June 8, 2018

Save the Merfolk

        Today is World Oceans Day, and we already got the celebration started with some Odd Fish a couple weeks ago, so today I have something even odder: merpeople.  The biology of merfolk has always been a bit of a puzzle.  How can a creature’s internal systems actually function if they’re half fish, half mammal, half cold-blooded, half warm-blooded, half water-breathing, half air-breathing?  But leaving such considerations aside for the moment, the important thing about merfolk is that they are intelligent beings who live in the world’s oceans and are entitled to some opinions about the state of the seas and how humans have been treating the water for the past few centuries.  Other intelligent sea creatures, such as dolphins and whales, of course, are also entitled to opinions, but presumably merfolk could actually tell us their opinions in clear and unambiguous speech.
        My first mermaid, combing her hair in the traditional manner, comes from “A Strange and Wonderful Relation of a Mermaid, that was seen and spoke with, on the Black Rock near Liverpool, by John Robinson Mariner, who was tossed on the Ocean for Six days and Nights; Together with the Conversation he had with her, and how he was preserved.”  From this account I learn something I did not know about mermaids: it is vital that you speak first.  As the account explains, “she appeared to him with a smiling Countenance and (by his Misfortune) she got the first word of him, so that he could not speak one Word, but was quite Dumb.”  Perhaps this is why we haven’t heard the merpeople’s opinions yet: we always get the first word.
         Next up, a really unusual mercouple.  They have large animal ears, for starters, and odd tufts on the undersides of their tails, but their strangest feature is the little web-footed legs.  These legs seem to add amphibian to the mammal-fish mix.  We know there must be many different species of merpeople, including an armless one here, and of course the double-tailed species made famous by Starbucks Coffee.  It may be that these legged merfolk are seen more often than we realize, if their legs are underwater when sailors usually spot them only from the waist up.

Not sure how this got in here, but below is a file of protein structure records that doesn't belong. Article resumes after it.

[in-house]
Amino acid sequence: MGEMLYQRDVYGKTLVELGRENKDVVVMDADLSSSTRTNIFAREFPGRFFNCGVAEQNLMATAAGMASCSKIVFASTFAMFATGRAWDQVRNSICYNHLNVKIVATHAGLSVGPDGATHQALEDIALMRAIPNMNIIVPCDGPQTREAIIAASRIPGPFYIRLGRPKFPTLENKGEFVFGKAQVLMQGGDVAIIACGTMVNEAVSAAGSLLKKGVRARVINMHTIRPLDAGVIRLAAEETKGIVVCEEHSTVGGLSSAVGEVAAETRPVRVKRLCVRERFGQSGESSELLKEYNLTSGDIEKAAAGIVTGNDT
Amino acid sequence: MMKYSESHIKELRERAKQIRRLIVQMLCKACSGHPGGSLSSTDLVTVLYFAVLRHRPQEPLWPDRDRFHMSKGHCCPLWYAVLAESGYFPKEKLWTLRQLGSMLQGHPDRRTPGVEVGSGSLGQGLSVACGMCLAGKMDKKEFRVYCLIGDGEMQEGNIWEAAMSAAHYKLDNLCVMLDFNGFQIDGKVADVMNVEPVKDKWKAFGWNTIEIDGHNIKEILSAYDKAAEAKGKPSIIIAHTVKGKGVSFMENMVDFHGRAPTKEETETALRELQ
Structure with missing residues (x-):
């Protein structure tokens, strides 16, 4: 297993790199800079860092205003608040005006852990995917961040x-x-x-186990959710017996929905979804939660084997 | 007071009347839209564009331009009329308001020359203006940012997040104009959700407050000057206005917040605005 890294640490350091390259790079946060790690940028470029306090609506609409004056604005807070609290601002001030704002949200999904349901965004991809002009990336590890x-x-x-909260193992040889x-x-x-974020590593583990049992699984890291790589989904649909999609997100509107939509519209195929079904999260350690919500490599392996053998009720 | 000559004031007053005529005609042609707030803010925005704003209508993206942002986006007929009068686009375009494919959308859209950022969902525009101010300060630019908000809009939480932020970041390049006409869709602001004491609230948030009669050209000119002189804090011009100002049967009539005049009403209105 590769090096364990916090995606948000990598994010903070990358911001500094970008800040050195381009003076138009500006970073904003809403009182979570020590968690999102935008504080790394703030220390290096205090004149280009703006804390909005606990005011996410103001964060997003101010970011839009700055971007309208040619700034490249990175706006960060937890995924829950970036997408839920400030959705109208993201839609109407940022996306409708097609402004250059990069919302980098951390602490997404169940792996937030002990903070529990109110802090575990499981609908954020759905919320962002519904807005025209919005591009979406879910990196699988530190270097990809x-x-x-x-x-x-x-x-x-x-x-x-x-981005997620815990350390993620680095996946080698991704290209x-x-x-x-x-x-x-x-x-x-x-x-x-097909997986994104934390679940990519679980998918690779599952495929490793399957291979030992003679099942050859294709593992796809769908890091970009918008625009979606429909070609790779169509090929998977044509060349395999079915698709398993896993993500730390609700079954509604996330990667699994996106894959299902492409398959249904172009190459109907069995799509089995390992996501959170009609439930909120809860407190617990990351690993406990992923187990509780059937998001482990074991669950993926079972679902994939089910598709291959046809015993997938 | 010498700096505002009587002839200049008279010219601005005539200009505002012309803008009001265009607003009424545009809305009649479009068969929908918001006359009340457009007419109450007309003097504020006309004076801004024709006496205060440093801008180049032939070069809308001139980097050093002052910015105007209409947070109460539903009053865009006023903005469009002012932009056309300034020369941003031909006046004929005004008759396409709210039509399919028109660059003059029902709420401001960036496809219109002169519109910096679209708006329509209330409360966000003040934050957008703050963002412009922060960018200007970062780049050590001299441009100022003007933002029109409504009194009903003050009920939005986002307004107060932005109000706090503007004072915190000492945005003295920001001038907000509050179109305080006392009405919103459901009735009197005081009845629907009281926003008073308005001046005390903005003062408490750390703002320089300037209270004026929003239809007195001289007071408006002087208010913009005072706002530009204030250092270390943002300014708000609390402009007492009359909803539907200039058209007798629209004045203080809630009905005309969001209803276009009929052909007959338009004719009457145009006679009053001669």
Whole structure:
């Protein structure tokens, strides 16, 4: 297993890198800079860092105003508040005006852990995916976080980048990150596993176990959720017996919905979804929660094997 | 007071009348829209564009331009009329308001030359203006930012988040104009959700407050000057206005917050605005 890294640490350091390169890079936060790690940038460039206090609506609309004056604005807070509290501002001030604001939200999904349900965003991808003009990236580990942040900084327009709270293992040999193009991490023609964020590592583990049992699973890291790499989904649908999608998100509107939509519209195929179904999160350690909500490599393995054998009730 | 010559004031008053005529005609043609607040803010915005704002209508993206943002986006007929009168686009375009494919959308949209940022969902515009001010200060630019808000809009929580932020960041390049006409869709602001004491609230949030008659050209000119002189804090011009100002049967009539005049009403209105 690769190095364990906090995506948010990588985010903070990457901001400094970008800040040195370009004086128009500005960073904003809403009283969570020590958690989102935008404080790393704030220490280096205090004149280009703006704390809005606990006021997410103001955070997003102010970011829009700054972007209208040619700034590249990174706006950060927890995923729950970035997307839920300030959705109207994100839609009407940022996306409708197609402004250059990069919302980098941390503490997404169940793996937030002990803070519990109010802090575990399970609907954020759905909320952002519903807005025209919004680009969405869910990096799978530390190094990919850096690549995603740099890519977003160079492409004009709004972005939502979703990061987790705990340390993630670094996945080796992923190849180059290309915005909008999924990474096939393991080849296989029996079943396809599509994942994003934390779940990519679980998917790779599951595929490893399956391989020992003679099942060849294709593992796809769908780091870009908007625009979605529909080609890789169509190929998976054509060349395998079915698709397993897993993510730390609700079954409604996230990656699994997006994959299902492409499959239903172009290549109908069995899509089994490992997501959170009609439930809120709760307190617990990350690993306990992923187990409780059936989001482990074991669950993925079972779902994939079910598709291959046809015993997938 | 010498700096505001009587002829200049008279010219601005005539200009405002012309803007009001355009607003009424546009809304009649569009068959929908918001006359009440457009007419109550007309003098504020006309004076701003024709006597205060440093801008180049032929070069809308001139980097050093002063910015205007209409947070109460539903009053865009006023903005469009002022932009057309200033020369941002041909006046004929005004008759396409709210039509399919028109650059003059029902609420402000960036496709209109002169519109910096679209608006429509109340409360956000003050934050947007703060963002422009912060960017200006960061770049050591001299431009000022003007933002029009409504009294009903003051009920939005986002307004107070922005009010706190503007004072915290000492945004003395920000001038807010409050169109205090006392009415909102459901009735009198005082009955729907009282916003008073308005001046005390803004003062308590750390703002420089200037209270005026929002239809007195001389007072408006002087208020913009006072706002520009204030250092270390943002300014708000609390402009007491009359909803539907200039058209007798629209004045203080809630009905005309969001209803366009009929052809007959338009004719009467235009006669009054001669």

Mermen get a lot less representation these days, so I’ve included a fifteenth century mergentleman who strikes me as looking rather scholarly.  I’d bet he could tell us a thing or two about plastic straws, helium balloons, oil spills, and the rest of the ocean trash.
        And finally a pair of mermaids wearing scales to the neck for modern notions of modesty.  A mother-daughter pair, perhaps?  Other than Andersen and Disney’s assurance that young merfolk go through a rebellious adolescent phase much like humans, we know very little about the life cycle of merpeople.  That’s all the more reason to take care of our oceans before we lose the chance to learn more about the wonderful creatures that live there.
        Okay, so maybe there aren’t mermaids living in the world’s oceans, so why have I picked them to celebrate World Ocean Day?  Well, the truth is that we have absolutely no idea how many more strange and incredible species remain undiscovered in the seas, but we know there are large, intelligent, beautiful creatures already in danger, and there are almost certainly creatures at least as wondrous as mermaids that we’ll never know about if we don’t ease up our abuse of the Earth.  So let’s Save the Mermaids and all their fellow sea creatures before it's too late.

[Pictures: Wonder of Wonders, wood block print from an 18th chapbook, recorded in Chapbooks of the Eighteenth Century by John Ashton, 1882 (Image from Internet Archive);
Monstra Niliaca Parei, from Historiae animalium by Ulisse Aldrovandi, 1570 edition (Images from University of Oklahoma);
Balena, wood block print from Ortus Sanitatis published by Jacob Meydenbach, 1491 (Image from Internet Archive);
Iemanjá, wood block print by José Francisco Borges, c 2003 (Indigo Arts Gallery).]

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